Archive for November, 2010

Hohhot (Inner Mongolia)

November 27, 2010

Sept 17th – 19th

The final leg of our journey together, Dan and I went to Hohhot in Inner Mongolia. We went on a tour to see the grasslands and slept in a yurt (as they are called in Turkey) or a gir (as they are called in China) or a gurt (a combination of the previous two words and as it is called by no one but me). On the grasslands tour, we saw sheep, camels, bulls jostling each other in the sun and horses running about freely (there wasn’t a single fence anywhere). At night we sang songs and learned traditional Mongolia games played with sheep’s elbows (pretty disgusting). Dan tamed the sheep herder’s “ferocious” dog, which I think he was immensely proud of because he kept telling us that only he was able to touch it and that it would be dangerous for anyone else to approach it. The next morning we went horse riding (which even though it is non vegan is pretty fun just the same.) We tried to master it like the Mongolians but we just ended up with a bruised ass. Dan’s horse we named Obama because of its colour and its willingness to lead, while mine we called Fabio, who at first we named Lady Gaga but then because we thought it was a boy the name had to be changed (but I guess there is some debate about her gender as well.)

But my favourite thing about Inner Mongolia was the friendliness of the people. One morning, on the day before our grassland tour, Dan and I walked around the city to get a feel for the place. We went to a park and in one park we saw senior citizens doing taichi, singing in a choir and playing music, playing with strange yo-yo like toys and some even dancing around. It was amazing how kind people were too. When we walked up to the yo-yo guys they showed us how to use them and the toys make a strange whizzing sound when you whip them around. When we joined the dancers on the other side of the park, they started to dance with us enthusiastically and show us some Mongolian dance moves. In Wuhan, if a foreigner started to dance, people would get shy and you would quickly become the spectacle. But in Mongolia the people danced with us and everyone was laughing with us and not at us. It was a great feeling.

But perhaps most surprisingly in that same park we asked a woman to take a photo of us and she invited us back to her house with her to meet her daughter and have lunch. When we got to her house, we discovered that her neighbour’s son was getting married and she invited us to go watch the procession. We went outside and saw the groom carrying the bride in a wheelbarrow. Everyone was laughing uproariously because he was wearing ladies underwear outside his suit, they were nice too, red and silky. We thought it was going to end there but then somehow we were ushered inside the house where we got to see more of the behind the scenes action. I watched the couple share a bowl of noodles and the photographer nearly took as many photos of me as he did the bride, while Dan kept getting candy shoved at him from the family members.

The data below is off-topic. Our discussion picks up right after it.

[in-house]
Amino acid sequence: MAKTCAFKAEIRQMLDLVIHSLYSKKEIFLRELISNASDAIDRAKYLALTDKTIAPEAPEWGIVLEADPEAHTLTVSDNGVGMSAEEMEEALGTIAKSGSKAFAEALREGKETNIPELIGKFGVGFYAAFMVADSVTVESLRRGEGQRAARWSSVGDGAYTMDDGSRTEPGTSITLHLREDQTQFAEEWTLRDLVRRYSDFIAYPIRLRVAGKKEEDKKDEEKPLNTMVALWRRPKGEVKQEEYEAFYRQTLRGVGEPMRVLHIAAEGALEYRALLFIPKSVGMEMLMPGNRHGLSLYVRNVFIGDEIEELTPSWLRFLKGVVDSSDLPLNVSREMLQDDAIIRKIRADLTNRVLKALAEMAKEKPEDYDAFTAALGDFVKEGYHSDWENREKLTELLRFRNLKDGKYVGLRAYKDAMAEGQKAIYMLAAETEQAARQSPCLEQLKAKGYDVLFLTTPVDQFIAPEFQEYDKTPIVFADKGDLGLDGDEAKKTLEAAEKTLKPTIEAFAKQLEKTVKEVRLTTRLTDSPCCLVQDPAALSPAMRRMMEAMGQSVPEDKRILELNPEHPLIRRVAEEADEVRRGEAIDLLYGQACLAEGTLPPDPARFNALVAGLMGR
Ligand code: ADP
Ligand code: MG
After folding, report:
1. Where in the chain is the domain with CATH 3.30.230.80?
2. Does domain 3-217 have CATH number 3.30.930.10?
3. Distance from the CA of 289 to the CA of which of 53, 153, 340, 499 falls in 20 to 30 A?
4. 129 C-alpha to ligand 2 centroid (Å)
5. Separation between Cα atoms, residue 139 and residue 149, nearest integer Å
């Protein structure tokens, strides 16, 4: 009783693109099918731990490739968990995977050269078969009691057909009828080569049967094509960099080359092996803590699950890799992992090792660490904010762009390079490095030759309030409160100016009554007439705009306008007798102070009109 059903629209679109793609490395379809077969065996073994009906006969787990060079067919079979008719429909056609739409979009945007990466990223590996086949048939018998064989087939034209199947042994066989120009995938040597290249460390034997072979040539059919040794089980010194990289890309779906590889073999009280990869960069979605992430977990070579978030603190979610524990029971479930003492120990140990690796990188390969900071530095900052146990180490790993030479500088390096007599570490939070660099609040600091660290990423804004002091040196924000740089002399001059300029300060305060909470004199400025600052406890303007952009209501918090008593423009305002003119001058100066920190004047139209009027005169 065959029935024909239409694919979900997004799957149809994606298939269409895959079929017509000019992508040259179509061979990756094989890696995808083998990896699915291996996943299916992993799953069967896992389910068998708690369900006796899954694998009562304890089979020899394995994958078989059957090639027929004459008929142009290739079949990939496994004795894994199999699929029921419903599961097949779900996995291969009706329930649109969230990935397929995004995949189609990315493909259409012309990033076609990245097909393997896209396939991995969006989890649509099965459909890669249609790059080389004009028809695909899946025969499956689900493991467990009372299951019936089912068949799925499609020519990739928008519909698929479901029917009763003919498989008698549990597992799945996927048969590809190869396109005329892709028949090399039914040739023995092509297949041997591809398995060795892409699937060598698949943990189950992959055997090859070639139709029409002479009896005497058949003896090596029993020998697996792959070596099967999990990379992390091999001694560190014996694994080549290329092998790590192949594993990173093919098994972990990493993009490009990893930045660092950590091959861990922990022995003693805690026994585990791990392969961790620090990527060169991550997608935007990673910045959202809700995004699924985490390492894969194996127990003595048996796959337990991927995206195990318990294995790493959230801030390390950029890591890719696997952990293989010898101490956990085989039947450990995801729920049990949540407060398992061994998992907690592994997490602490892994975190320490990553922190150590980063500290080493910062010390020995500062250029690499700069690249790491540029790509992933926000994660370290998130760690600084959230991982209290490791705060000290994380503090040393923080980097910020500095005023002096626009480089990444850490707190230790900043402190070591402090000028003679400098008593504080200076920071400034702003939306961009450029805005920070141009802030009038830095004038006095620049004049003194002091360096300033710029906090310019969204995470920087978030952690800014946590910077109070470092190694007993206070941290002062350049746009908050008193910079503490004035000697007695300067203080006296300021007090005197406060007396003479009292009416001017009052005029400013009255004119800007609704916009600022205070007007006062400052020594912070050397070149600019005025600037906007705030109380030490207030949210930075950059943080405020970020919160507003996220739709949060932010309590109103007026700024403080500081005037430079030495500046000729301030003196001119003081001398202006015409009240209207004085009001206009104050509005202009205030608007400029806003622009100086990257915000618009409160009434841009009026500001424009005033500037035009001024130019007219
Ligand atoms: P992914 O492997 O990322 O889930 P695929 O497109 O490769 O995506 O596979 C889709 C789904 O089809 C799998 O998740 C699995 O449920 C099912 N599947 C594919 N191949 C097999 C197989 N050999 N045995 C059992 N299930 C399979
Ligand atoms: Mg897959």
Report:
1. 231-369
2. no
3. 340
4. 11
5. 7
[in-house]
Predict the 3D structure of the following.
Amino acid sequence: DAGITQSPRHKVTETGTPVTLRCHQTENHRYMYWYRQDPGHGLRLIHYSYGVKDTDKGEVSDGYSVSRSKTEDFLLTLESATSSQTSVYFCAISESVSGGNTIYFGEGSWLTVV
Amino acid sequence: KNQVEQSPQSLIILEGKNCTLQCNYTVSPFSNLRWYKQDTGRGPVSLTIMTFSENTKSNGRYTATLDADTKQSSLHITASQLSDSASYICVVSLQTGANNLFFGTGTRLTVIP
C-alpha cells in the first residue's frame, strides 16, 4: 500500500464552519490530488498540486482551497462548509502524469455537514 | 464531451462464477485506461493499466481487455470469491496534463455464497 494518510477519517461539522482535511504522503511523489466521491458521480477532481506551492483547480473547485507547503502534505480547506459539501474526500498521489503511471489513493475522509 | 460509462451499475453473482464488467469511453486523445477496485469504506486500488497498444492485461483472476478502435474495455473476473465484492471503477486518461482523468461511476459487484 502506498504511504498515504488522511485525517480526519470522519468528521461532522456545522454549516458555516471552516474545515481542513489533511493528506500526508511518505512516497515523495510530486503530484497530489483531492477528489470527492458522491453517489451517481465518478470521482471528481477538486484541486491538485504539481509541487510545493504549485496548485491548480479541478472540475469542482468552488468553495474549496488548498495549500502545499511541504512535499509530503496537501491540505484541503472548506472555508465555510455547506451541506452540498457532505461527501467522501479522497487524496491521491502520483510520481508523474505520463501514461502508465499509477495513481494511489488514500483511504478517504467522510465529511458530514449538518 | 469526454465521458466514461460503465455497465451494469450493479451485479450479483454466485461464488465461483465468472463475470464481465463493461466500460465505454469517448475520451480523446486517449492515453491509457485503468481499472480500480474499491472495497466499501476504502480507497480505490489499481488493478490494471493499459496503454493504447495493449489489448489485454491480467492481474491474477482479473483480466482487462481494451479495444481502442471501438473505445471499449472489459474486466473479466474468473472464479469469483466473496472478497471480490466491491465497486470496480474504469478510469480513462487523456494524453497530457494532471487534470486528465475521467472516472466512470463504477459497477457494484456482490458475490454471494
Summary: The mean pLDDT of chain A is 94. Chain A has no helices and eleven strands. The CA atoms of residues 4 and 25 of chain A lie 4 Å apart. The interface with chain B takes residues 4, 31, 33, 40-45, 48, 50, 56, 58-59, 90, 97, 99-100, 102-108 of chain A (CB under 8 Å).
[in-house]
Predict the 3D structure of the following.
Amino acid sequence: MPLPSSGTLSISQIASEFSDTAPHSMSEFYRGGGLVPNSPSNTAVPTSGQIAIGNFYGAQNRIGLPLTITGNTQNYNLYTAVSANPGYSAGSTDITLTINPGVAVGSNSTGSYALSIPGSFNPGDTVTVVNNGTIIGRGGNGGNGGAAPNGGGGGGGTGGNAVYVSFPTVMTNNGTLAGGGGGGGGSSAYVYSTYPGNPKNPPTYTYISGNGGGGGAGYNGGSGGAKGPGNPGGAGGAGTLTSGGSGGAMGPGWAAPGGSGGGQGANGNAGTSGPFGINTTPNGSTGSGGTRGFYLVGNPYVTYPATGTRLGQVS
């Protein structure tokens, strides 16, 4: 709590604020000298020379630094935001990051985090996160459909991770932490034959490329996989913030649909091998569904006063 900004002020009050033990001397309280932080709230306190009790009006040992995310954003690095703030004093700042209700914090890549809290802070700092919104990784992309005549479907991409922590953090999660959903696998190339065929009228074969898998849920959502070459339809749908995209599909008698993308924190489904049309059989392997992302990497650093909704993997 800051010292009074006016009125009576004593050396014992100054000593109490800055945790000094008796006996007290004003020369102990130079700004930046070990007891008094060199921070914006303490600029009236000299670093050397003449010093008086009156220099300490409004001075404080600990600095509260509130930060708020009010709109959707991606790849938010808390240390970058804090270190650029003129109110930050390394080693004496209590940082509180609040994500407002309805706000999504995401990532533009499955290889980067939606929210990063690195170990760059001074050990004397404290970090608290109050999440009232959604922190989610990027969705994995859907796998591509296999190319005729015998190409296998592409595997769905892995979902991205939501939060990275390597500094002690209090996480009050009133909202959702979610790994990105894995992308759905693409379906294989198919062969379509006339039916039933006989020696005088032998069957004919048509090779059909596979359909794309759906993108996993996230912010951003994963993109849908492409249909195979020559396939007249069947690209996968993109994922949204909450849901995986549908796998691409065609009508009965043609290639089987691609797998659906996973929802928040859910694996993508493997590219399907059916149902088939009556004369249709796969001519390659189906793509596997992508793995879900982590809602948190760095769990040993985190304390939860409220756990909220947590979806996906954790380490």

When we went back to our hosts’ house, the lady of the house, who I just called Ayi or auntie, had lunch ready. She was startled to find we didn’t eat meat but did her best. She even offered us baijiu, which I refused (I hate the stuff.) But Dan and she then began what seemed like a drinking contest with her continually egging Dan on to drink more and her ending up bright eyed and red faced. It was pretty hilarious.

So that was Mongolia, surprises at every turn but each one fully enjoyable.



November 27, 2010

Beijing (Sept 11-16th)

There’s a loud screaming baby at the table beside me in a busy café in Hankou. I’m waiting for my next class to start. The new semester is in full swing. I have started my second semester of Chinese classes with no noticeable improvement from last semester. I think part of the problem is improvements come so gradually and with such great effort that they slip by unnoticed with nothing in sight but the next hurdle. But I’m now pleasingly busy. I have Chinese class in the morning, English classes to teach in the evenings and weekends, and homework to fill the void.

I have also recently begun a new phase of self examining, which really was initiated when Dan and I went to Beijing. We took a flight from Wuhan on September 11th, without either of us noticing the date. We tried to find a couch surfing host, but ended up with no success. Couch surfing is just beginning in China. In Wuhan I have had three couch surfers stay at my place in one year (three German girls and a couple from France). The community here is also really small. So I looked forward to going to Beijing to attend a big couch surfing party. The occasion one guy was celebrating rather ironically his divorce with a big party. Some people thought it was crass, but for me it made total sense. After breaking up with my first boyfriend I expressed my grief in the same way, so for me I understood.